I didn’t realize until recently that evacuation service insurance only covers transport from facility to facility. So whether you’re motorcycling in the desert, hiking a canyon, or on a boat in the Sea of Cortez, you’re going to need to fill this gap. This is the motivation behind Celia Diaz’s Binational Emergency service.
- Celia Diaz’s Binational Emergency Service
- Just dial 066 – Baja’s 911
- Ranchers, fishermen, and radios
- About those emergency vehicles…
Celia Diaz’s Binational Emergency Service
Sign up: http://binationalemergency.org
Binational Emergency is a nonprofit organization with local knowledge and relationships with people who can help. Their $45 annual fee is well worth it, over and above your medical and emergency evacuation service (Discover Baja members get discounted rates on Binational membership). Because if you can’t get the word out, you’re just stuck in the woods, so to speak.
Binational has contacts on both sides of the border with experts in the medical field, federal, state and local law enforcement agencies, social workers, consular officials and hospital personnel. They have contacts with local pilots, ranchers, and boaters. Some of these people and organizations will need reimbursement for charges from efforts made on your behalf. However, if you do not have insurance or the money to pay for the evacuation, Binational will look for a volunteer pilot, which can take some time.
I know that pilots in Mulegé parked at Serenidad airstrip have done their share of search and rescue. They don’t need to be paid for their time but do appreciate being reimbursed for fuel. If your emergency is extreme, Binational will enlist the US coast guard, but they are not always able to respond.
This is a fantastic addition to your travel and evacuation insurance. So do join this great nonprofit service before your trip. Give Binational’s information to your friends, family, and people you meet on the road so that they can easily locate you and get help.
A couple of years ago some kayakers did not make their destination in the often unpredictable waters of the Sea of Cortez, causing their family to spring into action. A neighbor with a plane at Serenidad airstrip volunteered to sweep Bahía Concepción, and the Mexican Navy went out to look, too. With sadness, everyone abandoned hope, but it turned out that the kayakers had just changed their plan and were enjoying some time at a remote island. Please don’t be those people.
Just dial 066 – Baja’s 911
But don’t count on getting a signal. I have TMobile’s 3 Country plan, but cell coverage is spotty or nonexistent in most of the areas where it’s really fun to ride, hike and explore the missions, canyons, and nature. You won’t find a signal in Cataviña, Bahía de Los Ángeles, or in the beautiful terrain inland of Mulegé, Loreto, and San Juanico.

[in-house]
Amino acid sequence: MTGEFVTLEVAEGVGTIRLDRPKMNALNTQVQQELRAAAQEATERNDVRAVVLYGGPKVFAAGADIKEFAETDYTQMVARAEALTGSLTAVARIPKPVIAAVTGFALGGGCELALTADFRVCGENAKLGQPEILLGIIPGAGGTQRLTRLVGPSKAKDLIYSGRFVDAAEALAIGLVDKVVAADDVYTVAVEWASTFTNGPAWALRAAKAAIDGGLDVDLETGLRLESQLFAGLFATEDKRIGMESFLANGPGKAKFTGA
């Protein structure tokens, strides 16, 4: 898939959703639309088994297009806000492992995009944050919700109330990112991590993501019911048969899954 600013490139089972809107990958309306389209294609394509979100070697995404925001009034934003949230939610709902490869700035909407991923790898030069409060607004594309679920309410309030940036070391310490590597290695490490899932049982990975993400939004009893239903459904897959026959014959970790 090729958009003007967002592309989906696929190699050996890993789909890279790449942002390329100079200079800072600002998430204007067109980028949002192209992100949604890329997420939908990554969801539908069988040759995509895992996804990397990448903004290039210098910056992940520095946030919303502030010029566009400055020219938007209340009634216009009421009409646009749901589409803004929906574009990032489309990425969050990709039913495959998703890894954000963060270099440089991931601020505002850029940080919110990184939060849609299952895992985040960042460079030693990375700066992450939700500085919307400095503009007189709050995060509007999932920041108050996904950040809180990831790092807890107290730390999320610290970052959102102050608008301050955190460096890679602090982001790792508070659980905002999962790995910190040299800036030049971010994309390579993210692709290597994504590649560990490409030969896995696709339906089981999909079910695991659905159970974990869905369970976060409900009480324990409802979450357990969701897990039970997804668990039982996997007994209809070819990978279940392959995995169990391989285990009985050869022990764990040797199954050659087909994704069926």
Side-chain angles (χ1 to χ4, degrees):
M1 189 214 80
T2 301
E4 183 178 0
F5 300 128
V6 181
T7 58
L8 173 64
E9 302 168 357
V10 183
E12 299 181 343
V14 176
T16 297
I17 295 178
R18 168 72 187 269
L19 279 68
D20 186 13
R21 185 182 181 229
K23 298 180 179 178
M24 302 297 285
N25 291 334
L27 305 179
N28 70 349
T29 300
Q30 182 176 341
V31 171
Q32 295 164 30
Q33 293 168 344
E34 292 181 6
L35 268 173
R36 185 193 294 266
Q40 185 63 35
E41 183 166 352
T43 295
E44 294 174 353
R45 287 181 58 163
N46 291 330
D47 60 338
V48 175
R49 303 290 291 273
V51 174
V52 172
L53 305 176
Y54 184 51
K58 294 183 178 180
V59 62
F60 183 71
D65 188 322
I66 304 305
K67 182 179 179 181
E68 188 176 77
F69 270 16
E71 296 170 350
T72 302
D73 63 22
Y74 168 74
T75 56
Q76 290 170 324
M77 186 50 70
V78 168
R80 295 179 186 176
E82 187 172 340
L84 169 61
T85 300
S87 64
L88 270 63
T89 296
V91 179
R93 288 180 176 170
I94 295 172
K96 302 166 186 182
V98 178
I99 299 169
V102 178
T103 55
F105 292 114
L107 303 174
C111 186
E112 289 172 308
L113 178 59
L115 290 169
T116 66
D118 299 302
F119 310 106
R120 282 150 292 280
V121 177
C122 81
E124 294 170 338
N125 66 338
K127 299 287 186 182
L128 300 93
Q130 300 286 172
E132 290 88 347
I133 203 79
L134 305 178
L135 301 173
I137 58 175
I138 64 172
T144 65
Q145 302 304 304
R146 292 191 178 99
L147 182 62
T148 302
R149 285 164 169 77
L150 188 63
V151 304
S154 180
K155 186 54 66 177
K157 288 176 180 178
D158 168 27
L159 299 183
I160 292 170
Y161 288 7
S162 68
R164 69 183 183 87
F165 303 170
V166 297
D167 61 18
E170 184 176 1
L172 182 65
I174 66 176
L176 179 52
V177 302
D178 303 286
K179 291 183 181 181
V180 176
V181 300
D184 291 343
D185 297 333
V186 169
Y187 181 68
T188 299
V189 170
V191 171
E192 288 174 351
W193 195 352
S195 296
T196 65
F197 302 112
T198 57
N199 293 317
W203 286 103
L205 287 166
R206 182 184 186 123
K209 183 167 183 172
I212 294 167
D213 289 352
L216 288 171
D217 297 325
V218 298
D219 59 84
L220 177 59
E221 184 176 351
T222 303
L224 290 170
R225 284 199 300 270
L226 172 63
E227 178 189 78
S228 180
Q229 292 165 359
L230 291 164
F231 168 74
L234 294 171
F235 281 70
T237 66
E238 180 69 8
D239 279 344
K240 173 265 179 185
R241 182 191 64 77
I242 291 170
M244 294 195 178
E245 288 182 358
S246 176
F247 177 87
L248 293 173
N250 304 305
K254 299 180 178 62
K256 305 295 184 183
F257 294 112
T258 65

If you do get a signal, just dial 066. I’ve been told that you don’t need to punch in the country code, even if you’re using a foreign phone.
Ranchers, fishermen, and radios
If you don’t use a satellite tracker, or even if you do, one of your traveling companions may go for help. Or you may enlist a local rancher on horseback—more common than you might think—to radio in your location. In the absence of cell service, the rancheros communicate by radio and can notify local emergency services like an ambulance or the bomberos (fire department). You may need to ride in a truck bed to an access point: road, airstrip, or boat. Some of the more permanent fish camps may have radios, or they may motor out to a yacht if they’ve seen one and have the gas to spare. (Offer to pay them.) Again, Binational’s bilingual staff are a great help as they’re available 24/7. Even so, things will happen slowly, so try to relax.
About those emergency vehicles…
The emergency vehicle nearest me is parked on empty due to lack of funds. They don’t fill up the tank because somebody might “borrow” the gas for their own vehicle. So before they can respond the driver will need money for gas and time to go to the gas station. And they may not be as prepared as you expect them to be. No to mention that nothing happens as quickly as it does in America del Norte.
For example, when a neighbor needed medical transport to La Paz the ambulance was not equipped with the oxygen necessary for the trip. A friend—a local fisherman and diver—drove to Loreto to get his dive tank filled. (There’s no compressor in Mulegé since the dive shop closed two years ago.) Four hours later he returned and rode along in the ambulance (back past Loreto), to Hospital Generalaria Juan María de Salva Tierra in La Paz (considered the best in the state). Then the hospital required 10,000 pesos ($500) before they would admit her. He would not normally have had that much cash in his pocket, but in a crazy coincidence, that morning I had paid him exactly 10,000 pesos to fix our boat. I wish this story had a happy ending. But she had led a long and happy life retired in Posada, and we celebrated it a few days later with her family.
Doc in a Box
If you’re in a tourist area like Cabo San Lucas you may be diverted to a “Doc in a Box” facility with predatory pricing. Here’s a thoughtful article on how to avoid these gougers and other great information about emergency care in Baja. (Baja Insider)
Your solutions? Stories?
I’d love to hear your ideas and stories about search and rescue in Baja. Do you have a great solution? Have you been though it? Tell us in the comments, below.
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